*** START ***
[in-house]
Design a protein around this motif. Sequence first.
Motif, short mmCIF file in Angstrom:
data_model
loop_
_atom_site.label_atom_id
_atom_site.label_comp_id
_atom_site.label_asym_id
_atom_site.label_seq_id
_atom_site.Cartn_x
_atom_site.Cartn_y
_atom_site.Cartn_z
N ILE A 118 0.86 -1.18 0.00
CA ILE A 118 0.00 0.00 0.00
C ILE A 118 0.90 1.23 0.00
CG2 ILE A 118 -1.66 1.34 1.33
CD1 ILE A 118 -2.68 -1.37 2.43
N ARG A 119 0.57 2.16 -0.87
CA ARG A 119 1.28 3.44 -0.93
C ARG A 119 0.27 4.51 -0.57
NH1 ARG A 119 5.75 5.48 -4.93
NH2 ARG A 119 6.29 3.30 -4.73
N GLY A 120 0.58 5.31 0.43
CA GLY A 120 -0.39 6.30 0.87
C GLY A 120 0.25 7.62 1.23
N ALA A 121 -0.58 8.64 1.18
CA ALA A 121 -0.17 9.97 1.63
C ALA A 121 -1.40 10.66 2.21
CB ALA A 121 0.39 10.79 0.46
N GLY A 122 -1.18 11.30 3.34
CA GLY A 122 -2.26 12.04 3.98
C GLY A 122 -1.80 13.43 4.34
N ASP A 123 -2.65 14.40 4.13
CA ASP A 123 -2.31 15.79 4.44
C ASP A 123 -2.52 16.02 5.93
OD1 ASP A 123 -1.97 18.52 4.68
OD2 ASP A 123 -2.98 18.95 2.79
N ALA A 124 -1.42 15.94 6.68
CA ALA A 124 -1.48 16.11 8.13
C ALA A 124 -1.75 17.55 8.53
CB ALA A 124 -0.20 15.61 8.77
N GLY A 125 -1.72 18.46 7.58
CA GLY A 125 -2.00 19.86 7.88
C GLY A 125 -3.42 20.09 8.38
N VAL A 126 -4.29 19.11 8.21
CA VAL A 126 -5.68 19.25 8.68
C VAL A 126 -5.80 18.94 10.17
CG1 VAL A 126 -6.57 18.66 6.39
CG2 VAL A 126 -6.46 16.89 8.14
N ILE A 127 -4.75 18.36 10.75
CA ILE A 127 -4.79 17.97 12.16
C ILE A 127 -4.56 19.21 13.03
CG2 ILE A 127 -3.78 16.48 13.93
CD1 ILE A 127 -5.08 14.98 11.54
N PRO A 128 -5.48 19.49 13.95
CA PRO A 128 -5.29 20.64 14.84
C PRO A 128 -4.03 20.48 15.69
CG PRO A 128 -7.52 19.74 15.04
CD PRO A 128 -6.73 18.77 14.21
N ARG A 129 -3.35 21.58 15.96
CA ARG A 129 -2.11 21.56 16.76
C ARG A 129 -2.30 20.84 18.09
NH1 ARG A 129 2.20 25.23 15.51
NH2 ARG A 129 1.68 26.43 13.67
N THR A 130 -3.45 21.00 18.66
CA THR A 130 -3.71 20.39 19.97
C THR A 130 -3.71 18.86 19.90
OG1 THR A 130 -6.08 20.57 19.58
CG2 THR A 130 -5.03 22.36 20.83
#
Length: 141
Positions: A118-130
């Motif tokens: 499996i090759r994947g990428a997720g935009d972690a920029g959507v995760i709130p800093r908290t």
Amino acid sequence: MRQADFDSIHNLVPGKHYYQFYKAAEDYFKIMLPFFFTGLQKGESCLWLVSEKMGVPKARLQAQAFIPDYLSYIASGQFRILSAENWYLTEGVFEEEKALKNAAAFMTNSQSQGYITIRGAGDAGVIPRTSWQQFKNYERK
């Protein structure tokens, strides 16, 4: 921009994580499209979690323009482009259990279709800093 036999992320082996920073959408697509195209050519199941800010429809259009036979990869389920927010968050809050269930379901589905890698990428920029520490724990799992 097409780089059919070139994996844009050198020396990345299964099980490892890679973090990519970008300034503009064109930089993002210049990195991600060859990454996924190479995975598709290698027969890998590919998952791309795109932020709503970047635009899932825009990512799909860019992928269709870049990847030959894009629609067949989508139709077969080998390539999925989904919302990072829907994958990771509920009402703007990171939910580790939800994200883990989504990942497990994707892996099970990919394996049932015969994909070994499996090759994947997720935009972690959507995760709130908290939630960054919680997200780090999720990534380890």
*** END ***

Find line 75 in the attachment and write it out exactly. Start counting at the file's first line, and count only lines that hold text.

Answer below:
């Protein structure tokens, strides 16, 4: 921009994580499209979690323009482009259990279709800093 036999992320082996920073959408697509195209050519199941800010429809259009036979990869389920927010968050809050269930379901589905890698990428920029520490724990799992 097409780089059919070139994996844009050198020396990345299964099980490892890679973090990519970008300034503009064109930089993002210049990195991600060859990454996924190479995975598709290698027969890998590919998952791309795109932020709503970047635009899932825009990512799909860019992928269709870049990847030959894009629609067949989508139709077969080998390539999925989904919302990072829907994958990771509920009402703007990171939910580790939800994200883990989504990942497990994707892996099970990919394996049932015969994909070994499996090759994947997720935009972690959507995760709130908290939630960054919680997200780090999720990534380890």